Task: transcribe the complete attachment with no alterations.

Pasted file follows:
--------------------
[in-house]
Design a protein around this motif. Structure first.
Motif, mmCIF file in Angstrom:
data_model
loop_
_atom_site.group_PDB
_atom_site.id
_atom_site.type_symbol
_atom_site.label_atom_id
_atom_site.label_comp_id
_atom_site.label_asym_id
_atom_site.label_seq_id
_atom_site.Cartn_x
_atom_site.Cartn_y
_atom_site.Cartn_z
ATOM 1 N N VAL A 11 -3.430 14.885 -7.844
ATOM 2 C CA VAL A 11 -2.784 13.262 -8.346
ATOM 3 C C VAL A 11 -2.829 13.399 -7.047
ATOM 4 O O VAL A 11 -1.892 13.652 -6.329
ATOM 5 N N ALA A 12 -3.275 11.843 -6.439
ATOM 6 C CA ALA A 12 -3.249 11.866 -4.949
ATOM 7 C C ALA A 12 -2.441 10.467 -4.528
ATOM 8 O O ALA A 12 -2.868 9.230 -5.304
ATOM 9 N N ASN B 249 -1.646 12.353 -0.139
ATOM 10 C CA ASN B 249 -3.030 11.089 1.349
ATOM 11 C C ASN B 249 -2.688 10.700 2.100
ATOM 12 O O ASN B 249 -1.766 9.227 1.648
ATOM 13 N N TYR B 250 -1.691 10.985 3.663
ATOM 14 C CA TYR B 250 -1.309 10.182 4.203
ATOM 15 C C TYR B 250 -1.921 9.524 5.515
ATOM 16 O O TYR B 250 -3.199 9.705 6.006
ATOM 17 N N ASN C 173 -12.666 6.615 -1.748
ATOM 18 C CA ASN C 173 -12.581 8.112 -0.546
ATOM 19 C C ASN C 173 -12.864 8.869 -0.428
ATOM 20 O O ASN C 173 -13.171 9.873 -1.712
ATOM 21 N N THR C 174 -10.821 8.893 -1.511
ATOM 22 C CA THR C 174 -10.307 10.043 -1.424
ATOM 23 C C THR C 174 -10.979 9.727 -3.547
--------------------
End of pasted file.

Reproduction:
[in-house]
Design a protein around this motif. Structure first.
Motif, mmCIF file in Angstrom:
data_model
loop_
_atom_site.group_PDB
_atom_site.id
_atom_site.type_symbol
_atom_site.label_atom_id
_atom_site.label_comp_id
_atom_site.label_asym_id
_atom_site.label_seq_id
_atom_site.Cartn_x
_atom_site.Cartn_y
_atom_site.Cartn_z
ATOM 1 N N VAL A 11 -3.430 14.885 -7.844
ATOM 2 C CA VAL A 11 -2.784 13.262 -8.346
ATOM 3 C C VAL A 11 -2.829 13.399 -7.047
ATOM 4 O O VAL A 11 -1.892 13.652 -6.329
ATOM 5 N N ALA A 12 -3.275 11.843 -6.439
ATOM 6 C CA ALA A 12 -3.249 11.866 -4.949
ATOM 7 C C ALA A 12 -2.441 10.467 -4.528
ATOM 8 O O ALA A 12 -2.868 9.230 -5.304
ATOM 9 N N ASN B 249 -1.646 12.353 -0.139
ATOM 10 C CA ASN B 249 -3.030 11.089 1.349
ATOM 11 C C ASN B 249 -2.688 10.700 2.100
ATOM 12 O O ASN B 249 -1.766 9.227 1.648
ATOM 13 N N TYR B 250 -1.691 10.985 3.663
ATOM 14 C CA TYR B 250 -1.309 10.182 4.203
ATOM 15 C C TYR B 250 -1.921 9.524 5.515
ATOM 16 O O TYR B 250 -3.199 9.705 6.006
ATOM 17 N N ASN C 173 -12.666 6.615 -1.748
ATOM 18 C CA ASN C 173 -12.581 8.112 -0.546
ATOM 19 C C ASN C 173 -12.864 8.869 -0.428
ATOM 20 O O ASN C 173 -13.171 9.873 -1.712
ATOM 21 N N THR C 174 -10.821 8.893 -1.511
ATOM 22 C CA THR C 174 -10.307 10.043 -1.424
ATOM 23 C C THR C 174 -10.979 9.727 -3.547